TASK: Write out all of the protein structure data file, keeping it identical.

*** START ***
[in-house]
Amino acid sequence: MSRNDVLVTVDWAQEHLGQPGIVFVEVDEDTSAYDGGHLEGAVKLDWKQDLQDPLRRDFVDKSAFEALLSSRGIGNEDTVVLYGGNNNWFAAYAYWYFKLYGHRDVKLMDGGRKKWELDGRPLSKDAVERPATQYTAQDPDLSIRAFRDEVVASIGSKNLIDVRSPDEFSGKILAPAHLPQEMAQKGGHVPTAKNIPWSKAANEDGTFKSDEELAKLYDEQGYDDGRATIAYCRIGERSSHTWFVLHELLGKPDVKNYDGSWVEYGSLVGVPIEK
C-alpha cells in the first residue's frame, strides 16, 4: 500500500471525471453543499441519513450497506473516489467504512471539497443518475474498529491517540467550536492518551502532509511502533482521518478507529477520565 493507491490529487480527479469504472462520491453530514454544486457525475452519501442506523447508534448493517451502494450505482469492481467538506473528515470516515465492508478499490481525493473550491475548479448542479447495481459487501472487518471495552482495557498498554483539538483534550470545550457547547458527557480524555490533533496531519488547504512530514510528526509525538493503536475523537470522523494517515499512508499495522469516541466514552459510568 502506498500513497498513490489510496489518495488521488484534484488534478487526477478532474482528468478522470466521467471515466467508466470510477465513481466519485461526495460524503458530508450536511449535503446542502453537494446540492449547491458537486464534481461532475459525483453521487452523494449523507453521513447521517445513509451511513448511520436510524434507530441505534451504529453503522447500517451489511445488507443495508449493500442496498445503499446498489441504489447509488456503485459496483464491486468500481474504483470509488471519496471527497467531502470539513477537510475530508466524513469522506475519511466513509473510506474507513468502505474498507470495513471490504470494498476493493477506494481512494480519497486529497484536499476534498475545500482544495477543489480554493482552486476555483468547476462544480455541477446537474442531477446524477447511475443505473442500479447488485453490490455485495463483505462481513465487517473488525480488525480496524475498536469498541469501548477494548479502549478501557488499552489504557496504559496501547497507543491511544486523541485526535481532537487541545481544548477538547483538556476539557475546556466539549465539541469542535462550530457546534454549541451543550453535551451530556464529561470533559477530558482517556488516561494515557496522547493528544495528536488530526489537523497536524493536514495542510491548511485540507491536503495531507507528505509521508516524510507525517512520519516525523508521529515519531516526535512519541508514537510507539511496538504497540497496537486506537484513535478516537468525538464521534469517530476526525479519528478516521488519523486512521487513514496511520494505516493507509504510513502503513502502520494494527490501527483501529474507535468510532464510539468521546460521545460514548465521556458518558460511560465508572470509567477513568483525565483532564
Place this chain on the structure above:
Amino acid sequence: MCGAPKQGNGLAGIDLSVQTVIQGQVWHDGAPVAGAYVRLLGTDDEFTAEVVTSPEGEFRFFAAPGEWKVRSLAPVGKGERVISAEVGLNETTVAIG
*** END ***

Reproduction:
[in-house]
Amino acid sequence: MSRNDVLVTVDWAQEHLGQPGIVFVEVDEDTSAYDGGHLEGAVKLDWKQDLQDPLRRDFVDKSAFEALLSSRGIGNEDTVVLYGGNNNWFAAYAYWYFKLYGHRDVKLMDGGRKKWELDGRPLSKDAVERPATQYTAQDPDLSIRAFRDEVVASIGSKNLIDVRSPDEFSGKILAPAHLPQEMAQKGGHVPTAKNIPWSKAANEDGTFKSDEELAKLYDEQGYDDGRATIAYCRIGERSSHTWFVLHELLGKPDVKNYDGSWVEYGSLVGVPIEK
C-alpha cells in the first residue's frame, strides 16, 4: 500500500471525471453543499441519513450497506473516489467504512471539497443518475474498529491517540467550536492518551502532509511502533482521518478507529477520565 493507491490529487480527479469504472462520491453530514454544486457525475452519501442506523447508534448493517451502494450505482469492481467538506473528515470516515465492508478499490481525493473550491475548479448542479447495481459487501472487518471495552482495557498498554483539538483534550470545550457547547458527557480524555490533533496531519488547504512530514510528526509525538493503536475523537470522523494517515499512508499495522469516541466514552459510568 502506498500513497498513490489510496489518495488521488484534484488534478487526477478532474482528468478522470466521467471515466467508466470510477465513481466519485461526495460524503458530508450536511449535503446542502453537494446540492449547491458537486464534481461532475459525483453521487452523494449523507453521513447521517445513509451511513448511520436510524434507530441505534451504529453503522447500517451489511445488507443495508449493500442496498445503499446498489441504489447509488456503485459496483464491486468500481474504483470509488471519496471527497467531502470539513477537510475530508466524513469522506475519511466513509473510506474507513468502505474498507470495513471490504470494498476493493477506494481512494480519497486529497484536499476534498475545500482544495477543489480554493482552486476555483468547476462544480455541477446537474442531477446524477447511475443505473442500479447488485453490490455485495463483505462481513465487517473488525480488525480496524475498536469498541469501548477494548479502549478501557488499552489504557496504559496501547497507543491511544486523541485526535481532537487541545481544548477538547483538556476539557475546556466539549465539541469542535462550530457546534454549541451543550453535551451530556464529561470533559477530558482517556488516561494515557496522547493528544495528536488530526489537523497536524493536514495542510491548511485540507491536503495531507507528505509521508516524510507525517512520519516525523508521529515519531516526535512519541508514537510507539511496538504497540497496537486506537484513535478516537468525538464521534469517530476526525479519528478516521488519523486512521487513514496511520494505516493507509504510513502503513502502520494494527490501527483501529474507535468510532464510539468521546460521545460514548465521556458518558460511560465508572470509567477513568483525565483532564
Place this chain on the structure above:
Amino acid sequence: MCGAPKQGNGLAGIDLSVQTVIQGQVWHDGAPVAGAYVRLLGTDDEFTAEVVTSPEGEFRFFAAPGEWKVRSLAPVGKGERVISAEVGLNETTVAIG